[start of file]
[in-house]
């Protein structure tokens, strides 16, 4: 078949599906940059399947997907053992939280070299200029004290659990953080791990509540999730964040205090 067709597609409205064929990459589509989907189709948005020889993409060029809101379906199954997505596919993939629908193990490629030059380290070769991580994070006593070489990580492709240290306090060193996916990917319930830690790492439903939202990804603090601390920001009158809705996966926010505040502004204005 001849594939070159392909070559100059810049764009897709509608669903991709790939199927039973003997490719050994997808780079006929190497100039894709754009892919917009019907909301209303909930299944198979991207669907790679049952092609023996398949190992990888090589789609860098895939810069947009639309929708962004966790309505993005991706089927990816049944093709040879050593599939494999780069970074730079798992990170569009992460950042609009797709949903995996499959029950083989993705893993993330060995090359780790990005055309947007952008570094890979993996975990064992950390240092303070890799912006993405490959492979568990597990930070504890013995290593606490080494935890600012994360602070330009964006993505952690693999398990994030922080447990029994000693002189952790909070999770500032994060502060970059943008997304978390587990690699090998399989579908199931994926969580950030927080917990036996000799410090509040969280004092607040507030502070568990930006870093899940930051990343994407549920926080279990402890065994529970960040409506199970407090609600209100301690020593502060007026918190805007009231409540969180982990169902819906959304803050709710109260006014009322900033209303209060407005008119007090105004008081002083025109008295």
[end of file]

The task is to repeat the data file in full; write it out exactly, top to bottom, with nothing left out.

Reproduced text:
[in-house]
């Protein structure tokens, strides 16, 4: 078949599906940059399947997907053992939280070299200029004290659990953080791990509540999730964040205090 067709597609409205064929990459589509989907189709948005020889993409060029809101379906199954997505596919993939629908193990490629030059380290070769991580994070006593070489990580492709240290306090060193996916990917319930830690790492439903939202990804603090601390920001009158809705996966926010505040502004204005 001849594939070159392909070559100059810049764009897709509608669903991709790939199927039973003997490719050994997808780079006929190497100039894709754009892919917009019907909301209303909930299944198979991207669907790679049952092609023996398949190992990888090589789609860098895939810069947009639309929708962004966790309505993005991706089927990816049944093709040879050593599939494999780069970074730079798992990170569009992460950042609009797709949903995996499959029950083989993705893993993330060995090359780790990005055309947007952008570094890979993996975990064992950390240092303070890799912006993405490959492979568990597990930070504890013995290593606490080494935890600012994360602070330009964006993505952690693999398990994030922080447990029994000693002189952790909070999770500032994060502060970059943008997304978390587990690699090998399989579908199931994926969580950030927080917990036996000799410090509040969280004092607040507030502070568990930006870093899940930051990343994407549920926080279990402890065994529970960040409506199970407090609600209100301690020593502060007026918190805007009231409540969180982990169902819906959304803050709710109260006014009322900033209303209060407005008119007090105004008081002083025109008295």